I’ll go ahead and answer my own question in the title:

Yes! Of course you want to know my number one leadership tool.

One-on-One Meetings - Number One Leadership Tool
What helped @JonStolpe be intentional in connecting with his team? Find out here: http://bit.ly/11ZMniQ (Click to Tweet)

I also won’t make you wait. The tool is one-on-one meetings.

Fellow blogger Jon Stolpe wrote about the power of one-on-one meetings and shares his experience below.

You can read all about how to run them, how not to run them, get free downloads and much more here:

One-on-One Meetings for Leaders

Here’s what Jon had to say…and stay tuned at the end of the post for an exciting announcement.

Do you feel connected to your team?

Several months ago, Matt encouraged his readers to establish and maintain weekly one-on-one meetings with their direct reports. At the time, I was contemplating what I could do to connect with my team on a deeper level.

As an operations manager in the construction industry, I’m challenged to balance my time as I’m responsible to make sure my group is operating as planned. I meet with my team members monthly on an individual basis to review their projects to review their projects from a financial, resource, risk, and customer perspective. These monthly meetings, which typically last about an hour, provide a pretty good snapshot of things from a business perspective, but they don’t provide a lot of time for diving deeper personally.

I’m also responsible for participating in other department and company meetings. Again, these meetings are important for certain aspects of our business success, but they typically don’t provide opportunity for connecting on a more personal level.

I’ve heard it said that “It’s business, it’s NOT personal.” Well, I disagree. As a Christian leader in the workforce, I have a responsibility (and privilege) to represent Christ well. For me, this means our relationships in the business world are meant to be personal.

How can we take time to connect with our team members with all the different demands on our time?

This is the question that rolled around in my head as I read Matt’s post. I have so many things on my plate already. One-on-one meetings just don’t fit into my already busy schedule.


But Matt challenged me with this question:

How can you NOT take time to connect with your team members?

And so…I took Matt’s challenge and encouragement to heart. I’ll confess, I haven’t followed Matt’s recipe exactly. Instead of weekly one-on-one

We talk about business and the challenges that they are facing on a project or assignment. And we also talk about life outside of work. I’ve learned about their interests, their passions, and their families.meetings, I started with monthly one-on-one meetings. For the most part, these meetings have been 30-40 minutes each. I use a one-page outline to guide our discussion and to take notes which helps me capture details of our discussion. With 12 direct reports, these notes have been essential to helping me remember our conversations.  And it helps with my follow through on any action items that I have taken from our meeting. (NOTE: You can download a one-on-one meeting template here)

What difference does it make if you know your team members?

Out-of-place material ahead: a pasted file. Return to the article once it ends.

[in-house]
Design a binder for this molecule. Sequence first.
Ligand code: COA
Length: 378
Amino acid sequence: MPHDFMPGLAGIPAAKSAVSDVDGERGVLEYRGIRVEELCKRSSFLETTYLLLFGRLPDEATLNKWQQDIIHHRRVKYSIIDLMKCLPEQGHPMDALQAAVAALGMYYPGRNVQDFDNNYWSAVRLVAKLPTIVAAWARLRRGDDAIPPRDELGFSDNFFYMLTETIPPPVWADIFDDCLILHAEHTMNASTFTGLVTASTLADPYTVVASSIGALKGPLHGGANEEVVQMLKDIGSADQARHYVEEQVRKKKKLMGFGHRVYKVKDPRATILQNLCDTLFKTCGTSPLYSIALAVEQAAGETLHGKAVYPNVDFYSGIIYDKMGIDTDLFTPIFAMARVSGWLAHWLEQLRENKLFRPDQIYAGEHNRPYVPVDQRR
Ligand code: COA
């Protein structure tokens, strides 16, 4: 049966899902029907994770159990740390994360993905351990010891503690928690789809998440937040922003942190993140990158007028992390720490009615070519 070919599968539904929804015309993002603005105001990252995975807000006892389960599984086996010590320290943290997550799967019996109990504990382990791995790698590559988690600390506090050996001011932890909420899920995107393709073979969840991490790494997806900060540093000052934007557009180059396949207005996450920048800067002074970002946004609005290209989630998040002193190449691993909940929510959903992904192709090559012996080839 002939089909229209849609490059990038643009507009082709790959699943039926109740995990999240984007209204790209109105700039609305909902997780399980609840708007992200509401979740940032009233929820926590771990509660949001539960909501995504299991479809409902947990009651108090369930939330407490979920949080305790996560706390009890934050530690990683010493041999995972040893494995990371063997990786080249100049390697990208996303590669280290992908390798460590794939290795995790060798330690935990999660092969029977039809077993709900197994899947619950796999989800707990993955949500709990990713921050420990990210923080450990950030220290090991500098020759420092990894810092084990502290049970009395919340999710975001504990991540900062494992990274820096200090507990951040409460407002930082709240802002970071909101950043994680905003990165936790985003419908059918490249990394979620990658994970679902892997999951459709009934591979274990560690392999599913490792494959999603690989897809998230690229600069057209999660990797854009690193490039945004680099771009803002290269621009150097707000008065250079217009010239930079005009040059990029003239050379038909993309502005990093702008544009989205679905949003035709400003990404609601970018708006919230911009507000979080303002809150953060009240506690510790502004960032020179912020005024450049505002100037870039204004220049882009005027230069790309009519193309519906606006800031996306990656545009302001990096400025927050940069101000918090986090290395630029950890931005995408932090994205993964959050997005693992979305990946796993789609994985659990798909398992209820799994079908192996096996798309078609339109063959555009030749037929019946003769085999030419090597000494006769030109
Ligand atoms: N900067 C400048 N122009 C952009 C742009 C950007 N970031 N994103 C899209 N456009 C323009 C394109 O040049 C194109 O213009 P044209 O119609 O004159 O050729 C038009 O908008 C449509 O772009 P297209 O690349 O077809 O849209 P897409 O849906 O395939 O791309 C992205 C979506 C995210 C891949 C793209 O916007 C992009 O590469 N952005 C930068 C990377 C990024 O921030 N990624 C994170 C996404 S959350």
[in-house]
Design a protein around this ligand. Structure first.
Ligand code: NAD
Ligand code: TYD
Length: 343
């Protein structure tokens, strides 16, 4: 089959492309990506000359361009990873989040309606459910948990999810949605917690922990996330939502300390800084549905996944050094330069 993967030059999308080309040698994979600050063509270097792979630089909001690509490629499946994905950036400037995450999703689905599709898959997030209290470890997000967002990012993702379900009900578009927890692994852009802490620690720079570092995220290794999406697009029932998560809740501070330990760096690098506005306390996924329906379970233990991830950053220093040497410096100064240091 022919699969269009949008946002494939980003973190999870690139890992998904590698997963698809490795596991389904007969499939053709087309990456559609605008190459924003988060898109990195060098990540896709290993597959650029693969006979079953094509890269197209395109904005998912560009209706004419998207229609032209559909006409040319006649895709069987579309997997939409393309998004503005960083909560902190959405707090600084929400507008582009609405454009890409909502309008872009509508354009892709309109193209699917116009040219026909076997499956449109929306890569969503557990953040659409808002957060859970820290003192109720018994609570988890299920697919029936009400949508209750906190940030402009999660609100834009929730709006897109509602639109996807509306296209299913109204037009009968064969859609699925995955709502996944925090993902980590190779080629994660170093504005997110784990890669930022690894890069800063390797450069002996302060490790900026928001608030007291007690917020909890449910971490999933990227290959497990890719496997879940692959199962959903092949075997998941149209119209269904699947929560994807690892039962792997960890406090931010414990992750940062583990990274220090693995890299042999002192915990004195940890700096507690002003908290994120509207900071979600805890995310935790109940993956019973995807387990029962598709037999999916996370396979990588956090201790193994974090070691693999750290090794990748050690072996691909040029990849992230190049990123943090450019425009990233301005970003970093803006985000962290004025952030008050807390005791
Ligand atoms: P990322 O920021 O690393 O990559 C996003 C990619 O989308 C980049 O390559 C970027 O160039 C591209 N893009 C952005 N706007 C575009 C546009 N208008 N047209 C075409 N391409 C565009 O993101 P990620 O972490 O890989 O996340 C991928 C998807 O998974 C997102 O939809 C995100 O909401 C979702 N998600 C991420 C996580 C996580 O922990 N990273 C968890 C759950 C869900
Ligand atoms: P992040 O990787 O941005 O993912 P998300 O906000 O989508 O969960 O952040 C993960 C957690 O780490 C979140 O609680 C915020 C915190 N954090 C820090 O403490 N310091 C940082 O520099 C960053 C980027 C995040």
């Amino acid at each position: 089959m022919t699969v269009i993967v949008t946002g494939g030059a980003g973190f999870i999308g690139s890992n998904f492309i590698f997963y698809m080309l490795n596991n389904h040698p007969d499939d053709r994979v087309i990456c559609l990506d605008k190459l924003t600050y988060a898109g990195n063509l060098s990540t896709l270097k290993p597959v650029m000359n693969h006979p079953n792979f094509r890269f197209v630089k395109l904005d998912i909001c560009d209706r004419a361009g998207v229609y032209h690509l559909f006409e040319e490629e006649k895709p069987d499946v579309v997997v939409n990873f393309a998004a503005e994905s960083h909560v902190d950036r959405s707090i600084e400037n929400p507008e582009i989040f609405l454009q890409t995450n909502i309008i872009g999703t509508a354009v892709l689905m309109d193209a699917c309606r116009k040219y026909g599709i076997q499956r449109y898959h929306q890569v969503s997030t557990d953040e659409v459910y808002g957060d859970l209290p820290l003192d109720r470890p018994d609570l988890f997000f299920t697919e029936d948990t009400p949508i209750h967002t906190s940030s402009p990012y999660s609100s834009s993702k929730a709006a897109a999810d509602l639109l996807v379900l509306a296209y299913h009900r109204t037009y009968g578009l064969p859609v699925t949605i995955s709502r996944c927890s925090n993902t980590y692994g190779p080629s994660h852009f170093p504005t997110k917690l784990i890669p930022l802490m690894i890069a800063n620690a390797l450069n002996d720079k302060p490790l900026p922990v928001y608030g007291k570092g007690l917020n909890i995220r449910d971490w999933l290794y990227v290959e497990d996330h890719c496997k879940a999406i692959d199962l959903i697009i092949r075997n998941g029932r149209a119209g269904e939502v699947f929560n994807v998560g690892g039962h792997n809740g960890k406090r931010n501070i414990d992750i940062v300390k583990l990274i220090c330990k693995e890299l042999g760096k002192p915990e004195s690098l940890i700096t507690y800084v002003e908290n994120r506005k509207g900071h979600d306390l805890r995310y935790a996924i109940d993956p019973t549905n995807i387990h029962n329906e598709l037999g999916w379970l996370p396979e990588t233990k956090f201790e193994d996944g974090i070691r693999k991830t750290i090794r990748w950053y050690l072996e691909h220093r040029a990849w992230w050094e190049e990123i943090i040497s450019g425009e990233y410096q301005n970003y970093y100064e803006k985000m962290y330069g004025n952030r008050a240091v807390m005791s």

It makes all the difference in the world.

The average working person spends 9-10 hours of their days at work – every day. (That’s two-thirds or more of their waking hours). Most people work over 2100 hours every year. If my math is correct, most people work about 80,000 hours in their life time. However you do the math, we spend a lot of time at work.

We are relational beings. We are made to connect with others and to be in community with others.

We are missing a huge opportunity to connect with others if we go to work, come home, get our paycheck, but fail to connect with our co-workers.

Intentional connections

My one-on-one meetings have helped me be intentional in connecting with my team. It’s helped my team to feel more connected to me. And it’s also helped my team succeed from a business perspective.

I’m so thankful I listened to Matt and started having one-on-one meetings with my team.

From Matt…

Jon, I’m thankful you listened as well and honored that you placed my advice in such high regard.

And now for that exciting announcement…

OK, I actually have three and I can share two today. First, I will soon being work on my second book, which will be all about one-on-one meetings.

This is the second time that Jon has inspired me to do something big. The second announcement is that I have written a post for Jon which talks about the first time he did that. Look for it next month! In the meantime, go check out his blog now and learn more about Jon and his awesomeness. You can also connect with him on TwitterFacebook or his blog.

Do you have one-on-one meetings with your team?  If so, how have they made a difference?  If not, what are you waiting for? 

This is a part of my series on one-on-one meetings. For all posts in the series and free downloads to help you start and run the meetings go here: One-on-One Meetings for Leaders


Text me anytime at (260) 217-4619.

Or…check out some of my free reports to help you get on the right track:

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25 thoughts on “My Most Powerful Leadership Tool | One-on-One Meetings by Jon Stolpe

  1. Let's Grow Leaders says:

    That’s my go-to tool too.

    1. Matt McWilliams says:

      I assume you do them via Skype or GoToMeeting with HD Faces or something similar?

      Gotta love technology!

  2. Mark Sieverkropp says:

    Here’s my question. How do I approach my leaders about doing one to one meetings with me?